Monday, October 06, 2014

four thousand american troops in west africa are intended to prevent further outbreak in america...,


WaPo |  By early September, there was still no agreement among the major global health organizations and governments on how to respond to the epidemic. Unlike other disaster responses, such as the one after the earthquake in Haiti in 2010, no major U.N. operation was in place. And despite a 20-page "road map" that the WHO had introduced, it was unclear how anyone would put it into effect.

"Six months into the worst Ebola epidemic in history, the world is losing the battle to contain it," Liu, of Doctors Without Borders, told the United Nations on Sept. 2. For the first time, she implored countries to deploy their military assets - something her organization had previously opposed for health emergencies.

World Bank President Jim Yong Kim was beyond frustrated. Kim, a doctor and an expert on infectious diseases, called an emergency meeting for Sept. 3 that would include major decision-makers from the government and the private sector.

About 50 people crowded into the 12th-floor conference room at the World Bank's Washington headquarters. Gayle Smith from Obama's National Security Council was on the telephone. A senior WHO official participated by video link. The session lasted two hours.

Frieden showed up and had a dire warning: The response was like "using a pea shooter against a raging elephant."

Kim warned, "The future of the continent is on the line."

By the first week of September, senior officials across the U.S. government had come to a grim realization: The civilian response was never going to happen fast enough to catch up with the epidemic. The CDC had managed to put more than 100 staff members on the ground and the U.S. disaster relief team had dispatched 30 more, but they and other aid workers were facing too big of a challenge. Only the U.S. military had the capacity to move with enough speed and scale.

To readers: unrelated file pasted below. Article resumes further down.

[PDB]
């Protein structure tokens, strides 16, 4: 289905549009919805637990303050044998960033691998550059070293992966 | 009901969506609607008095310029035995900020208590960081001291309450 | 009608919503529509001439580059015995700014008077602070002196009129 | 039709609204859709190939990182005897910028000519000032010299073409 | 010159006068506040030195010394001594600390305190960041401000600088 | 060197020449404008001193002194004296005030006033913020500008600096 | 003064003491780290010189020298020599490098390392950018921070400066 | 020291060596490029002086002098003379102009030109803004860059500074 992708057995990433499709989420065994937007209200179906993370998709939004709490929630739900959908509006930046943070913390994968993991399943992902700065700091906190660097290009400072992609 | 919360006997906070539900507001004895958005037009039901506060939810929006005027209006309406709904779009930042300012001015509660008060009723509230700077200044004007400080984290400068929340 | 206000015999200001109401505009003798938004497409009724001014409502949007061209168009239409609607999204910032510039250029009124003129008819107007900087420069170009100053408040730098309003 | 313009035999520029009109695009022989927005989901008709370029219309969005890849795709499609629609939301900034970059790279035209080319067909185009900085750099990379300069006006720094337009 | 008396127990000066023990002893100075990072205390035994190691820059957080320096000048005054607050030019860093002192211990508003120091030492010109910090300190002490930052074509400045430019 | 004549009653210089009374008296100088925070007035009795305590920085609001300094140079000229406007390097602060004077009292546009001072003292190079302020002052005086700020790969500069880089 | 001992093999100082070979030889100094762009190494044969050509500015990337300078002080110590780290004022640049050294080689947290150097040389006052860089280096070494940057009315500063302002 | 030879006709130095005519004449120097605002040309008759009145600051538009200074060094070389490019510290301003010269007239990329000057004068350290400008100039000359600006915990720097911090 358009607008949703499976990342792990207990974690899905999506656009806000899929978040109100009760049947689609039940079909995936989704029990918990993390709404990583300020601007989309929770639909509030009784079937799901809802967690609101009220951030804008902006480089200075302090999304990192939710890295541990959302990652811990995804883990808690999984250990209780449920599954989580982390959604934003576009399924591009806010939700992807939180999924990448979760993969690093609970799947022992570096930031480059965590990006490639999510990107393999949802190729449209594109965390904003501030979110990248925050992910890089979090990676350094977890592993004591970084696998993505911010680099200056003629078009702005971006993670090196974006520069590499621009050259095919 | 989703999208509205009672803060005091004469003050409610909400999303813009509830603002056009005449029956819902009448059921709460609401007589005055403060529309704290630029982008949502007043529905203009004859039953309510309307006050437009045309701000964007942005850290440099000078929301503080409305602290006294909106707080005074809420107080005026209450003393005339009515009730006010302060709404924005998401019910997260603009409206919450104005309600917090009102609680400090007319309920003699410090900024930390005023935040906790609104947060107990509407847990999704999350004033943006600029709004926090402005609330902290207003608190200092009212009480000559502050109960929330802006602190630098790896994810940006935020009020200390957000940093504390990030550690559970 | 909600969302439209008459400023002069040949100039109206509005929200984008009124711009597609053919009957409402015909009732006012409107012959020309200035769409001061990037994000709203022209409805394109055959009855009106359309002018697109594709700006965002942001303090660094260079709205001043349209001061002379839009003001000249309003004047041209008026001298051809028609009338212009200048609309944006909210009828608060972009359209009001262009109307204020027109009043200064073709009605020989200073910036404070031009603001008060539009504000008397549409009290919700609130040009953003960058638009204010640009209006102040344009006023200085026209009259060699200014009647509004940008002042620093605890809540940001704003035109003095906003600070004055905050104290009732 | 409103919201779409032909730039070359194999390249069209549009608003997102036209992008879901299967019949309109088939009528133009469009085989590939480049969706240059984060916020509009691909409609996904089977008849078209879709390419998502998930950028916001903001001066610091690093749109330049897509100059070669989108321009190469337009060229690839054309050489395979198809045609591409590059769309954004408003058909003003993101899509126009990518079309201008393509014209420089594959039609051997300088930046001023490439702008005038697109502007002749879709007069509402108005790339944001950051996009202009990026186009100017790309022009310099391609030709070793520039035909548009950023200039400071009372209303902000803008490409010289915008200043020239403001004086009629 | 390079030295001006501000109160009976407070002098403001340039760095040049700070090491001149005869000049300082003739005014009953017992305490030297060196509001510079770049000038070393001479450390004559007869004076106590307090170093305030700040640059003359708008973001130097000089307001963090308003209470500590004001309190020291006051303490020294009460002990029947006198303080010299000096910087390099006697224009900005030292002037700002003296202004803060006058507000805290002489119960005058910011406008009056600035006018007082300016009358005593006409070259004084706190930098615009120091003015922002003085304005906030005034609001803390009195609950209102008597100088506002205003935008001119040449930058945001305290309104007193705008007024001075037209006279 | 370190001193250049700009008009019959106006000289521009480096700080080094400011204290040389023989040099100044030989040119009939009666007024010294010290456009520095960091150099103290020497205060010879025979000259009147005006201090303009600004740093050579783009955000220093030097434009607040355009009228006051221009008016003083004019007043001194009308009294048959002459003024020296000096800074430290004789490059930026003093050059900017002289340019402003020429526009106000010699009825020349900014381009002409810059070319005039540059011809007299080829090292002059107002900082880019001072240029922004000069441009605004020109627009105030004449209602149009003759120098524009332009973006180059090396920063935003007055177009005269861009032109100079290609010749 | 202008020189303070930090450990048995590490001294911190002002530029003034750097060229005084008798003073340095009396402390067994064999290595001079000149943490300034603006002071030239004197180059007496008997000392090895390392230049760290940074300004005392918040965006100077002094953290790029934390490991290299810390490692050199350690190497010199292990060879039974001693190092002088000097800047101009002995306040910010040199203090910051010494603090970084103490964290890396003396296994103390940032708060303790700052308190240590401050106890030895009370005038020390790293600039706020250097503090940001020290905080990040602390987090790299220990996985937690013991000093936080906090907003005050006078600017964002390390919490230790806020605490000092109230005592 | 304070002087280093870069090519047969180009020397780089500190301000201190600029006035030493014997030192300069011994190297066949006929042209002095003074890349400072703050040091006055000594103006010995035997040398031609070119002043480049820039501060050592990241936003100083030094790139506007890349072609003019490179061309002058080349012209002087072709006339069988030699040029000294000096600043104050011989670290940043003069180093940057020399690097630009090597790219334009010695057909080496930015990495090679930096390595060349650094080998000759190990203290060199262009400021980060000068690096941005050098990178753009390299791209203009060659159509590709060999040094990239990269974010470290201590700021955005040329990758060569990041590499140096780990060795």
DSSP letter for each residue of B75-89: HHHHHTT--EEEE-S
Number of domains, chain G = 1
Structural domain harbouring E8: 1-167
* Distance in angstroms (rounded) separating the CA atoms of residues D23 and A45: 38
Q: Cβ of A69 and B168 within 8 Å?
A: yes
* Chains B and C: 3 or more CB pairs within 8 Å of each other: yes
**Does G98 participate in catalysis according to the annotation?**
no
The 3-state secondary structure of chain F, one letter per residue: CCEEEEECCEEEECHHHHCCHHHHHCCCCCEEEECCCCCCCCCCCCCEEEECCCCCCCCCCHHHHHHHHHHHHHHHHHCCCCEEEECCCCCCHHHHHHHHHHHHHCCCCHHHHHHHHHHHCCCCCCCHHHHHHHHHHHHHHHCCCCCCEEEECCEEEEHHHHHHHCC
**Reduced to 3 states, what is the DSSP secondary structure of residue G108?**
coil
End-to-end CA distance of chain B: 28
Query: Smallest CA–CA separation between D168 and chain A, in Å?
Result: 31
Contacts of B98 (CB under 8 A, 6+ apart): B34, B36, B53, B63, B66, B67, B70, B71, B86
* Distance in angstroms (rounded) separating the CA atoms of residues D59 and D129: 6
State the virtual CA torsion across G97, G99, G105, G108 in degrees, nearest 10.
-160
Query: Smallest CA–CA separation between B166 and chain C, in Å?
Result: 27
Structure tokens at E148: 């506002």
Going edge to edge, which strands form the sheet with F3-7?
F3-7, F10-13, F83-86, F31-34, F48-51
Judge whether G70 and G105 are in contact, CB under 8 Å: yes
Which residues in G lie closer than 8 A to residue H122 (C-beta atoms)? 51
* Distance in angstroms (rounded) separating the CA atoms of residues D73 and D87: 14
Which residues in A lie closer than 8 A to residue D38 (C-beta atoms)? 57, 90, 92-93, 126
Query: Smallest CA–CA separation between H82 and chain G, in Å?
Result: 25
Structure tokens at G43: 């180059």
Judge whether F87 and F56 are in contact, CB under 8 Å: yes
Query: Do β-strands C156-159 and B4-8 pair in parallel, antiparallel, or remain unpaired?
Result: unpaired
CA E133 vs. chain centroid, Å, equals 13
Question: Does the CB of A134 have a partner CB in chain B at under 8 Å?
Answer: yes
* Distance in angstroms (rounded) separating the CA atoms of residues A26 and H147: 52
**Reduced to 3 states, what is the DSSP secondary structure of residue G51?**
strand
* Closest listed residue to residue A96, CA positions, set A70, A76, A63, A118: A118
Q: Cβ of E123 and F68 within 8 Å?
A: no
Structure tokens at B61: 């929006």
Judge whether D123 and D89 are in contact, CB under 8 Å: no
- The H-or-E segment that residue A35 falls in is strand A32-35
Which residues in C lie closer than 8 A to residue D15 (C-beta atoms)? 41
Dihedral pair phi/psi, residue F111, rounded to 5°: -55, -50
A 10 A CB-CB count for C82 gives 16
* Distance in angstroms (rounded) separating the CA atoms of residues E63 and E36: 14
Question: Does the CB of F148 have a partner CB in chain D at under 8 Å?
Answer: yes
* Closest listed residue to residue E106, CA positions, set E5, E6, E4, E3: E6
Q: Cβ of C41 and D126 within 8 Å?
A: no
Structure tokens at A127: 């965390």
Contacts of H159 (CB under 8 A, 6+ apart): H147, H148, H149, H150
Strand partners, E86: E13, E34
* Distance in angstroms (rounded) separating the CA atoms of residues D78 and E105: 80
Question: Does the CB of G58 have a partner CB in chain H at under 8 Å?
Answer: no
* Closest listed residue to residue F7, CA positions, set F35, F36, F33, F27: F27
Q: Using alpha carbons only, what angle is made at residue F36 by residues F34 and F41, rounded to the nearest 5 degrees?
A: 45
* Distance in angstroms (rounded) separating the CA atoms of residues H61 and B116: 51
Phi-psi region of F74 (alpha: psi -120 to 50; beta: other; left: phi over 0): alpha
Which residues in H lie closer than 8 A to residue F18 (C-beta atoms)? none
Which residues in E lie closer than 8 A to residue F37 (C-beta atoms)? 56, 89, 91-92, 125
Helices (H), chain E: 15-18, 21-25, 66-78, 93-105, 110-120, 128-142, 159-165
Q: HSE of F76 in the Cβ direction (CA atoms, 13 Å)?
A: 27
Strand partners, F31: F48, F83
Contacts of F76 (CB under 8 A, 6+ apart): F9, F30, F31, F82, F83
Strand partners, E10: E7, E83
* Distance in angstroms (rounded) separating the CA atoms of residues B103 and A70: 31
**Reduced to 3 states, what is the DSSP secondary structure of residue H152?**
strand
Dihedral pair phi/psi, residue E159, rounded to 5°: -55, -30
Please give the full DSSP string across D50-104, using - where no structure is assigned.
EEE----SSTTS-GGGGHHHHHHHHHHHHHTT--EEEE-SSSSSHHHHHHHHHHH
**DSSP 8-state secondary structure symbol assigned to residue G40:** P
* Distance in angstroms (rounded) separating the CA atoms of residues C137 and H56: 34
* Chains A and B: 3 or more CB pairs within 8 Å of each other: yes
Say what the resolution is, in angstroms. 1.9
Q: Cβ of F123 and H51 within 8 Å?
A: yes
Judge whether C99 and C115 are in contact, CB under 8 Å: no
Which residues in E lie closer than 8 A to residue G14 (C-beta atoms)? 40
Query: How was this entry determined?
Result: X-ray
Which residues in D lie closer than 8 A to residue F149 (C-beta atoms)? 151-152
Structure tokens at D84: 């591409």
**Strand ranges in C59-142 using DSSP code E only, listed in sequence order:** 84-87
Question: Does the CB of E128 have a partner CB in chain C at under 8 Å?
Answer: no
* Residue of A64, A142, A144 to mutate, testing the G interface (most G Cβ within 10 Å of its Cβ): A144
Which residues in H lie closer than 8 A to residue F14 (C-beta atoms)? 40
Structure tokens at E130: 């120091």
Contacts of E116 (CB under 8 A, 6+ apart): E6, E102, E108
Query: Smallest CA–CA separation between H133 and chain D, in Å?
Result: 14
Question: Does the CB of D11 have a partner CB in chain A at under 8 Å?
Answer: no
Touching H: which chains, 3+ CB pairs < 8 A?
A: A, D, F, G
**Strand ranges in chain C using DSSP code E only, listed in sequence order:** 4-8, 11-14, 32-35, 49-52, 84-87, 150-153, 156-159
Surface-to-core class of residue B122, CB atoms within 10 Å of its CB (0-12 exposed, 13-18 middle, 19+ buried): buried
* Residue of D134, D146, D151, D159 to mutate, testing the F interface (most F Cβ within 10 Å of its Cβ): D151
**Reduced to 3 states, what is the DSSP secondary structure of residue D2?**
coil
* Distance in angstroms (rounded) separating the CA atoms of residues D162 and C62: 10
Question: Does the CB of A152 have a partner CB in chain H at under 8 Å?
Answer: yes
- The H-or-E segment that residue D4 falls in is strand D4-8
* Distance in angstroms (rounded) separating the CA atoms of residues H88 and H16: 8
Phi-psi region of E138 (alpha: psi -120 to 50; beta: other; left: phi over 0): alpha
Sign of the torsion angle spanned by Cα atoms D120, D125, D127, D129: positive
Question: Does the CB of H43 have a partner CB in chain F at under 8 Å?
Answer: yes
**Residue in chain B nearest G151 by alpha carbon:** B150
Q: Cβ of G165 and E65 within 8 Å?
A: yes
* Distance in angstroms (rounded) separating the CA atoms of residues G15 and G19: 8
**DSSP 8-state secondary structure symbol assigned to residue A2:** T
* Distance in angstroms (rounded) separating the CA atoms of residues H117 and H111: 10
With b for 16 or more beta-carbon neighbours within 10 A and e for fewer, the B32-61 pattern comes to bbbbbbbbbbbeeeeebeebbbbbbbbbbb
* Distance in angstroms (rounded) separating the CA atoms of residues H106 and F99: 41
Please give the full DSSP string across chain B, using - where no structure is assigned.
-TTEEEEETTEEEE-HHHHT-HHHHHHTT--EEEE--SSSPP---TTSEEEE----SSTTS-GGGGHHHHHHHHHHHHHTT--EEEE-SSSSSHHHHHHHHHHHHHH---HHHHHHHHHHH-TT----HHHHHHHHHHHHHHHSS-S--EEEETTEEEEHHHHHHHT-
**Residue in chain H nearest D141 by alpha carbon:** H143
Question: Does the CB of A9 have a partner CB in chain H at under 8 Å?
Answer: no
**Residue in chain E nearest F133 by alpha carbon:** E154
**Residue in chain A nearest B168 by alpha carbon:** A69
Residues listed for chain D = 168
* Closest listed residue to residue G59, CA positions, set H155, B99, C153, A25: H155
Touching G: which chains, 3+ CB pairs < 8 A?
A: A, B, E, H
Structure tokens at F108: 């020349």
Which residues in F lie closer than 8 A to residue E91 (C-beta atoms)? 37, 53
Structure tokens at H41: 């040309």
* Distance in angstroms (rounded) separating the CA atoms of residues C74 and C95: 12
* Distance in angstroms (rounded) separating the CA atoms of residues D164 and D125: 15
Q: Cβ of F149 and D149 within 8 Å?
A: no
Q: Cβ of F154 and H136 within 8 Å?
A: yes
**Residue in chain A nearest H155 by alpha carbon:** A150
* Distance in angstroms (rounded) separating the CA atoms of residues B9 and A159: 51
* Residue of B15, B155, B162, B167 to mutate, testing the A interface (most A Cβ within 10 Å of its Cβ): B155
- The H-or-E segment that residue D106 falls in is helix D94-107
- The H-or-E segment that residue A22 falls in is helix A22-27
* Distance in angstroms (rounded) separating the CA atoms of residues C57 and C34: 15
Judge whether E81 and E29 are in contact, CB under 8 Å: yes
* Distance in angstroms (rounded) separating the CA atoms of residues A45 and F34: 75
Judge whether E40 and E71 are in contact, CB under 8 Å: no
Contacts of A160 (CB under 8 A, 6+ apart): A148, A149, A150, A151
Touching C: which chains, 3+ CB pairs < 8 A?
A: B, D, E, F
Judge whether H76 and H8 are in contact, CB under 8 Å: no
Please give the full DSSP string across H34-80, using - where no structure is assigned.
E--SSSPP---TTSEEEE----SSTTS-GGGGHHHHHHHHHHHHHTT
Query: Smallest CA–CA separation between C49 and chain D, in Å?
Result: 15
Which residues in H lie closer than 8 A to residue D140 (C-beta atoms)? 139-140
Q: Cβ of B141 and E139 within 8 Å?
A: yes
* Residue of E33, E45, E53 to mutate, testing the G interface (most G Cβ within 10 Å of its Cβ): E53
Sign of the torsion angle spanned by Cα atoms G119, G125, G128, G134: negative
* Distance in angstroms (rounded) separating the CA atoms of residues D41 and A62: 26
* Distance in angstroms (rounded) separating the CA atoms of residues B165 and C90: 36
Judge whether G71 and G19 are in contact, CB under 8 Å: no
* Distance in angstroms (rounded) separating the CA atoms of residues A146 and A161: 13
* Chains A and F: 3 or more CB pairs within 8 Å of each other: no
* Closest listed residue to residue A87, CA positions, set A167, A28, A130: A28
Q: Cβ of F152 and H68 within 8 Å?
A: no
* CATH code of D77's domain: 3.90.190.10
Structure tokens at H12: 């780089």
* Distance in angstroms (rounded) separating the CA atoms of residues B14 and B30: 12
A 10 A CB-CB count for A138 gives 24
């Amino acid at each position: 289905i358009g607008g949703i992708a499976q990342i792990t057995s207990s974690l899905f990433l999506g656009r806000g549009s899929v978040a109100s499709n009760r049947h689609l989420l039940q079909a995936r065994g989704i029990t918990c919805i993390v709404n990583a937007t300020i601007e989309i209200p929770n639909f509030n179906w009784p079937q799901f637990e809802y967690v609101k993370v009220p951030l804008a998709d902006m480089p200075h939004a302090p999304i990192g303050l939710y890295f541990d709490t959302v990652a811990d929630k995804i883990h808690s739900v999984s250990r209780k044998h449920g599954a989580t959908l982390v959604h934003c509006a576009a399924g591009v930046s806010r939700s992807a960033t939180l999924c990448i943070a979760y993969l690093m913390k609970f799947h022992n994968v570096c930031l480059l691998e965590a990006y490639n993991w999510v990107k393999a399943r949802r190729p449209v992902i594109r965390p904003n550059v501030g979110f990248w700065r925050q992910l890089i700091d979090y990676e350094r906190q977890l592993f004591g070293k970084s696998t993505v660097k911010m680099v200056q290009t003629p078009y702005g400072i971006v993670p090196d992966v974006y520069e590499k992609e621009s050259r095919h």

The White House was talking to the Pentagon about deploying a field hospital to treat any health-care workers who might get sick, an effort to reassure potential volunteers. U.S. military planners in West Africa were telling Washington that 500 treatment beds were needed for sick patients. A host of agencies across the government had to work out complicated logistics.

On Sept. 7, Obama said on NBC's "Meet the Press" that he intended to use the U.S. military to provide equipment, logistical support and other aid to West Africa.

But the region now had thousands of confirmed Ebola cases, and there was nowhere to treat the sick and the dying. On Sept. 9, Sirleaf sent Obama an urgent plea:

"I am being honest with you when I say that at this rate, we will never break the transmission chain and the virus will overwhelm us," she wrote.

The next day, high-level administration officials met at the White House to discuss military options. "People were asked to do more homework on the how," and then report back two days later, on Sept. 12, a senior official said.